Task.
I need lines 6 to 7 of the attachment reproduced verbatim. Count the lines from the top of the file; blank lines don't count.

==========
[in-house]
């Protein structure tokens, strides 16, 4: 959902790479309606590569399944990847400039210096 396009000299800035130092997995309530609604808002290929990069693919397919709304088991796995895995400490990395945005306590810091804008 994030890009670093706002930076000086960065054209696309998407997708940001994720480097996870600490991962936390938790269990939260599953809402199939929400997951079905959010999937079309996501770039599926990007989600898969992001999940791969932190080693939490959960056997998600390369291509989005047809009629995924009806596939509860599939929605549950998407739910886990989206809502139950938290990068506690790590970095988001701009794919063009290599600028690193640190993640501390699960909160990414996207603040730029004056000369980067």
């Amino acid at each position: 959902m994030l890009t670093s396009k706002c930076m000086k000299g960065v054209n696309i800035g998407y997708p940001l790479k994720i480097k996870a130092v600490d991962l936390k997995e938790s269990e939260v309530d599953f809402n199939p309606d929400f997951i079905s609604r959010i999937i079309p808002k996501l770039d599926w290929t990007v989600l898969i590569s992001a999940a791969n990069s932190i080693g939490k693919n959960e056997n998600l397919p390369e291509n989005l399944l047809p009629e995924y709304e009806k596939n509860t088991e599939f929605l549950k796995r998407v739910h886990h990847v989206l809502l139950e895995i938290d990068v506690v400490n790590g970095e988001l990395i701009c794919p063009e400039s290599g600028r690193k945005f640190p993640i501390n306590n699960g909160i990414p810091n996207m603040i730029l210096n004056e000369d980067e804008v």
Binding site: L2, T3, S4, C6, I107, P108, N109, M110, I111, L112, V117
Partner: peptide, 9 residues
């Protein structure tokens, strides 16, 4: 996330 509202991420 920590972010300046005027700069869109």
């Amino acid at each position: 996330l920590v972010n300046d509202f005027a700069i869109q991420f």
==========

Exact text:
């Protein structure tokens, strides 16, 4: 996330 509202991420 920590972010300046005027700069869109």
């Amino acid at each position: 996330l920590v972010n300046d509202f005027a700069i869109q991420f």